Exploring Internal Chemistry of Bacterial Predation from External Measurements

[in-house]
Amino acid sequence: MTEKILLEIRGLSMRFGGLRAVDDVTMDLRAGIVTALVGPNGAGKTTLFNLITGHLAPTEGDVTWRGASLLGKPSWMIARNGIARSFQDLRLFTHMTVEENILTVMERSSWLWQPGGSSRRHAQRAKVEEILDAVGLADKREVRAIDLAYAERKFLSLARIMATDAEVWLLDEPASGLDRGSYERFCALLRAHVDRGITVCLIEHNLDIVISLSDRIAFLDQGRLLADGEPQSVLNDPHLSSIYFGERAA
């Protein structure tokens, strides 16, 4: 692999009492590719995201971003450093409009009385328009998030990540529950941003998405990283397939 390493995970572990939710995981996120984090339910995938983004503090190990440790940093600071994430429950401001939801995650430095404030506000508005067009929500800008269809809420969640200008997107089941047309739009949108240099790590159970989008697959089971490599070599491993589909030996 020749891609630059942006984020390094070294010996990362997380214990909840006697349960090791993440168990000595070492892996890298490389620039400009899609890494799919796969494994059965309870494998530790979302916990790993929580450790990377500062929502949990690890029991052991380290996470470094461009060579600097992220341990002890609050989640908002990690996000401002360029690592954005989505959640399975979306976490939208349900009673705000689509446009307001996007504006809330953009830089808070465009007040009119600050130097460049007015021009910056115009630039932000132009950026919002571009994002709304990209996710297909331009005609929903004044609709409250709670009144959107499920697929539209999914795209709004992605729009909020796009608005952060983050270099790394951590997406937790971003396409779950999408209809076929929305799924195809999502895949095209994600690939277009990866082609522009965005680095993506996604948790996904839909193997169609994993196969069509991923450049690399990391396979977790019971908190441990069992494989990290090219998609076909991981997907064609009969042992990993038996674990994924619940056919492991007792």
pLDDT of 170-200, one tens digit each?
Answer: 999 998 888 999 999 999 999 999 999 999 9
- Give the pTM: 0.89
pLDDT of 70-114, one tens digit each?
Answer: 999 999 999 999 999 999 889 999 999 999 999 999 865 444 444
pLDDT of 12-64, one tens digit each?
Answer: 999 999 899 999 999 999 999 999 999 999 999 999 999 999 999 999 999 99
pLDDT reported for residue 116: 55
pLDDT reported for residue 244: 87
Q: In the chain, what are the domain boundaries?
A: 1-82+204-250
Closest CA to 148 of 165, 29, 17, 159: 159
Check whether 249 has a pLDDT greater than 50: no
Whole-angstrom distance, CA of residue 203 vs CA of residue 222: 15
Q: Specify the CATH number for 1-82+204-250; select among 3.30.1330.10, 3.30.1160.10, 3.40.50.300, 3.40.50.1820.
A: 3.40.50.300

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Bdellovibrio bacteriovorus is a gram negative bacteria that preys on all other gram negative cells. This is done by the Bdellovibrio bacteriovorus snuggling up against the prey cell, releasing enzymes to break down the outer of the two membranes, and getting inside to propagate within the periplasmic space of the host. This latter phase of the Bdellovibrio bacteriovorus? life cycle is known as a bdelloplast. These bdelloplasts have been imaged with atomic force microscopy (AFM) in order to investigate the physical changes induced by the consumption of the prey. Previous research indicated that E. coli, a gram negative cell, will form the expected rounded bdelloplast when killed by UV exposure before being consumed by Bdellovibrio bacteriovorus, but that heat killed E. coli will not. It is on the ZK1056 strain of E. coli that we have been inducing different kill times and conditions before feeding them to the 109J strain of Bdellovibrio bacteriovorus. When this strain of E. coli is heat treated, it is difficult to distinguish cells due to induced changes in the E. coli surface. The UV treated E. coli quickly loses its ability to replicate but has proven difficult to kill with a 95% efficiency. However, the UV treated cells are easily imaged with AFM.